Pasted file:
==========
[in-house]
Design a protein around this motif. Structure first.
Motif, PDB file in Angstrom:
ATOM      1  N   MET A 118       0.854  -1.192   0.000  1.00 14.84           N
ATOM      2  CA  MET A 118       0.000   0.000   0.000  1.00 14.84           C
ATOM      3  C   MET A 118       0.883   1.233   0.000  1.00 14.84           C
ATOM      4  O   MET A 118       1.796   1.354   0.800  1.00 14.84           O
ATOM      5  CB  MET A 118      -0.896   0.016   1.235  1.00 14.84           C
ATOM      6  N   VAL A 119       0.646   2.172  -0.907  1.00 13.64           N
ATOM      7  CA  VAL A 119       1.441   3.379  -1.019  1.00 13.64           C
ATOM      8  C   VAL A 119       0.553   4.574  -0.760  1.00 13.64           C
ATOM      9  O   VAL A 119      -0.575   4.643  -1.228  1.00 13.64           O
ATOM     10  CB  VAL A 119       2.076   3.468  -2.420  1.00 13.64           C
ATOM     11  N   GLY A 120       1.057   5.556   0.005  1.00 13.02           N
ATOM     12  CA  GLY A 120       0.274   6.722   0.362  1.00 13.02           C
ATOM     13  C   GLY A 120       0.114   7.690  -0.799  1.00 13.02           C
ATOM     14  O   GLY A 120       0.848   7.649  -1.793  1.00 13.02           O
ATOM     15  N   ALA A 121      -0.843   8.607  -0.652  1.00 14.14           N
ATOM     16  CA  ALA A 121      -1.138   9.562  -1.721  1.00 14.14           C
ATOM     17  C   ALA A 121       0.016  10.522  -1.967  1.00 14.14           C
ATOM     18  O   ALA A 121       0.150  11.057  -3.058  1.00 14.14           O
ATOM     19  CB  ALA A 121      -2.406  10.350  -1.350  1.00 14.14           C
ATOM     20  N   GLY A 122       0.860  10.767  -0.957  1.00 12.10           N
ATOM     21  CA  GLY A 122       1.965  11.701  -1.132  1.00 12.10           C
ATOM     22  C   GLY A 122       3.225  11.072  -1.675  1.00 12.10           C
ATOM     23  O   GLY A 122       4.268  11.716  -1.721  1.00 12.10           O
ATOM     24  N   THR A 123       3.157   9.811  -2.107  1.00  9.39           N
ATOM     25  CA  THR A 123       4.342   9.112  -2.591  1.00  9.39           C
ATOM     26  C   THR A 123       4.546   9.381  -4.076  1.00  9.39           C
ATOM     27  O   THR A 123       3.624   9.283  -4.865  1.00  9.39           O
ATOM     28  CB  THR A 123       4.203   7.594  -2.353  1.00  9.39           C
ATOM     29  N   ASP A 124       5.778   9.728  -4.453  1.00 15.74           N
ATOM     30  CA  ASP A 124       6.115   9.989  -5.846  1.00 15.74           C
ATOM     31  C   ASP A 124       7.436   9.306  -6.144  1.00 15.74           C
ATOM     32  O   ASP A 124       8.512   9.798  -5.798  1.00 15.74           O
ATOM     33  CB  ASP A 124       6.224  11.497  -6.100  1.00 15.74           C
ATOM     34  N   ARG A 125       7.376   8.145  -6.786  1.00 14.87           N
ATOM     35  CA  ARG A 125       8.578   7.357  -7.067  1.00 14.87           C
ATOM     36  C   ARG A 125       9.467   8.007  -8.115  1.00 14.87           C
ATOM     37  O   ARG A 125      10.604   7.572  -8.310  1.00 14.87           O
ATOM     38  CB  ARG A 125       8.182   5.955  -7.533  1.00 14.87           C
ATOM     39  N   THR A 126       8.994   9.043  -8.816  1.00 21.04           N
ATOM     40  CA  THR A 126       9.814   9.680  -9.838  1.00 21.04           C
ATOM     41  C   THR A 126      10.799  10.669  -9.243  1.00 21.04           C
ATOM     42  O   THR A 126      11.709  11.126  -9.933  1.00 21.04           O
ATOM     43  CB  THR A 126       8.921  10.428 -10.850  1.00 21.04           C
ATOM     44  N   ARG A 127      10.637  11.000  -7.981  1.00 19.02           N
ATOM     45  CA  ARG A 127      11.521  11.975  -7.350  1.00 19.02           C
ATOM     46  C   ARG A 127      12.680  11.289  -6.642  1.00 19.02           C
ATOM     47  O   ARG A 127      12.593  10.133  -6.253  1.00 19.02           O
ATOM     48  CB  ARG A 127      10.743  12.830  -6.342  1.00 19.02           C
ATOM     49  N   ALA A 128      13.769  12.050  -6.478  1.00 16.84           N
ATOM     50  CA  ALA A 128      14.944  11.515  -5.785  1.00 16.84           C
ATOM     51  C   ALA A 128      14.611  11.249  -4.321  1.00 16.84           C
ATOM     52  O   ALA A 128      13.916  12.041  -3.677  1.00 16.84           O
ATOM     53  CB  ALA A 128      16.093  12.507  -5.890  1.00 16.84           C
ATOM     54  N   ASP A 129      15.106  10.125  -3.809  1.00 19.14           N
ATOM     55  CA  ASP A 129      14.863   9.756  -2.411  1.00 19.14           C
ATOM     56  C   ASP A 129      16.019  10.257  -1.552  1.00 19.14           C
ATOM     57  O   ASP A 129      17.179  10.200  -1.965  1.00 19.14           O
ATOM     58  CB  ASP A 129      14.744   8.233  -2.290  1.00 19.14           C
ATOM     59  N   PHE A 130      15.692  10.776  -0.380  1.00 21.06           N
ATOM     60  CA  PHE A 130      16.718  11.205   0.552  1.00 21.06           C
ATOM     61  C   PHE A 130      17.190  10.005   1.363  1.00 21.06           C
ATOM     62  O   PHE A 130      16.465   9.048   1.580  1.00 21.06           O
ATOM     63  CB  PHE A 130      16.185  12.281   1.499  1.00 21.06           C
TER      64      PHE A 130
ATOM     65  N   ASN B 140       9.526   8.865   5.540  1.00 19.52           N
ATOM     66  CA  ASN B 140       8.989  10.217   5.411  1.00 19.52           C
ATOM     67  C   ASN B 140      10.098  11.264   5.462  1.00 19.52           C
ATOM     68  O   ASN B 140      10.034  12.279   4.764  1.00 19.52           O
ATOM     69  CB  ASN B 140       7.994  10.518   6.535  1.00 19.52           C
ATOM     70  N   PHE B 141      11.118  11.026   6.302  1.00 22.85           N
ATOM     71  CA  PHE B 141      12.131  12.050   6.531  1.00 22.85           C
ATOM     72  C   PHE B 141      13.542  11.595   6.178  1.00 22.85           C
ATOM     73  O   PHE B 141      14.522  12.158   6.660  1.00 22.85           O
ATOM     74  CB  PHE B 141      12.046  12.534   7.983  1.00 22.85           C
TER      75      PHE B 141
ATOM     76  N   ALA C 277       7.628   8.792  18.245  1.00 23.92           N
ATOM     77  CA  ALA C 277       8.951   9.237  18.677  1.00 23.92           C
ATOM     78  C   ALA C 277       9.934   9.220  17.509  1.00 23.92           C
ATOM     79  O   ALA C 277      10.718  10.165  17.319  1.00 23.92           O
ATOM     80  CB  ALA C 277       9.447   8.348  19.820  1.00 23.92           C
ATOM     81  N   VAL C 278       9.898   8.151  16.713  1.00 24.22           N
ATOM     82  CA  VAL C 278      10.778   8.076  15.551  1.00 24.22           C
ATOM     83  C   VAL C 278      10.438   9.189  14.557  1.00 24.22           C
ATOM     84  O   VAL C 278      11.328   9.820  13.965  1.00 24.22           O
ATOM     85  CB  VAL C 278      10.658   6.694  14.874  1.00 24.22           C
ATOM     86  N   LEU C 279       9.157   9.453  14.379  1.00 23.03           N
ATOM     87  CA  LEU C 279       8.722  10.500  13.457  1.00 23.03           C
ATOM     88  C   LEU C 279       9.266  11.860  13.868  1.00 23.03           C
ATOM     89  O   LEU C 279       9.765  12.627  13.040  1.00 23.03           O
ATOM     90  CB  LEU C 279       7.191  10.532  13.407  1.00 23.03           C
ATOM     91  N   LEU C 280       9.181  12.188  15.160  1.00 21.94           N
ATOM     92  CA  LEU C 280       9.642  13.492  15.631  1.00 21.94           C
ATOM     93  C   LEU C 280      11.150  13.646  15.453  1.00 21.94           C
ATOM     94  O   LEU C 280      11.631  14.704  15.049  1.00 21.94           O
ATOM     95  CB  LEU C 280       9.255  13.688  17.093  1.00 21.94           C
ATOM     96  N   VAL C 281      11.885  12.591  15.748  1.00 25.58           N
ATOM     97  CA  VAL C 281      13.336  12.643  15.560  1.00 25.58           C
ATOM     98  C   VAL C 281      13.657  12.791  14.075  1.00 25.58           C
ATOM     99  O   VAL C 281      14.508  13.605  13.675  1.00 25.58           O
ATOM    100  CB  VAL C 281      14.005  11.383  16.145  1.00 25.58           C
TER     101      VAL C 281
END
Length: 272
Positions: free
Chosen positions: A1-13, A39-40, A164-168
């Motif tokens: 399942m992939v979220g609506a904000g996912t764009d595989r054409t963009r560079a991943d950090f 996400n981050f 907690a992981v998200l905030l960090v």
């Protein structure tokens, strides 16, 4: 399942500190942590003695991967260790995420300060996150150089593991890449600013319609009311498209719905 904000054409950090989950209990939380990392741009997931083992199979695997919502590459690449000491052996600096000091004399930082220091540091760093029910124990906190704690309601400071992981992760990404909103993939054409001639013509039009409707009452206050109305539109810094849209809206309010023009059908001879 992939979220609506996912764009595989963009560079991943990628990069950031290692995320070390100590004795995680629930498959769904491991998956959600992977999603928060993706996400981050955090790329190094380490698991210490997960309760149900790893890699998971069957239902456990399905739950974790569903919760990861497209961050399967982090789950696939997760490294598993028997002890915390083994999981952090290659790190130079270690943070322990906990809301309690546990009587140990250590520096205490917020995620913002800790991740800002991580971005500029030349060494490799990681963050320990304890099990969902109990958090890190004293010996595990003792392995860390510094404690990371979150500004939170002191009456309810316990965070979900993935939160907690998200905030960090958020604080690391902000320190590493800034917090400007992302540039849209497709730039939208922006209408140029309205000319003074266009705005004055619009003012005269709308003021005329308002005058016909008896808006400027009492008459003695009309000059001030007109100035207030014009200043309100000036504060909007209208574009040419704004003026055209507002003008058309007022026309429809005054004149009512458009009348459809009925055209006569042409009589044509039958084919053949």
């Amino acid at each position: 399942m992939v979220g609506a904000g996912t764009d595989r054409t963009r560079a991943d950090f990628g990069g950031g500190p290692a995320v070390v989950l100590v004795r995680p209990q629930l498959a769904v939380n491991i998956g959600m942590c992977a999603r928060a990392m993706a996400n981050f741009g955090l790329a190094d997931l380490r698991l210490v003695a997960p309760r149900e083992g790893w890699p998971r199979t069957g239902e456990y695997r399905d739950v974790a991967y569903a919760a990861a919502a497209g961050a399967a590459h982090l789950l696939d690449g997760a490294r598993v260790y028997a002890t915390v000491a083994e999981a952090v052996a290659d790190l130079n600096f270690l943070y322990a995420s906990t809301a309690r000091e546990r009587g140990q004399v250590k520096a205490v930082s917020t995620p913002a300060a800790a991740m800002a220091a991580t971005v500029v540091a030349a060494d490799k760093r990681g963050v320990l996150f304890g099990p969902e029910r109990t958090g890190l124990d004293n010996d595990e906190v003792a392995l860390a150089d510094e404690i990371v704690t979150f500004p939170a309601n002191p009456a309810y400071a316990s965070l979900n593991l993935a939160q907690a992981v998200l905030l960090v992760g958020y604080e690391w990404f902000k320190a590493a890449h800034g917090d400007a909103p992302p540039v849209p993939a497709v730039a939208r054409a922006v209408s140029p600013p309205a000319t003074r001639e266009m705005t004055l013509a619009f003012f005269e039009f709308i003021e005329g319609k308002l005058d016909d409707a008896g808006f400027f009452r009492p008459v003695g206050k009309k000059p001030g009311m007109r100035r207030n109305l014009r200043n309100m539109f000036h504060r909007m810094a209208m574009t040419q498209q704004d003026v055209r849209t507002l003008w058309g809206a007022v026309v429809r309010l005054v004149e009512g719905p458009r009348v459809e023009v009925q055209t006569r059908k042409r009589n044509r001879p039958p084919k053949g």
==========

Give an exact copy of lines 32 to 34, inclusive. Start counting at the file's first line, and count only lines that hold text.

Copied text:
ATOM     29  N   ASP A 124       5.778   9.728  -4.453  1.00 15.74           N
ATOM     30  CA  ASP A 124       6.115   9.989  -5.846  1.00 15.74           C
ATOM     31  C   ASP A 124       7.436   9.306  -6.144  1.00 15.74           C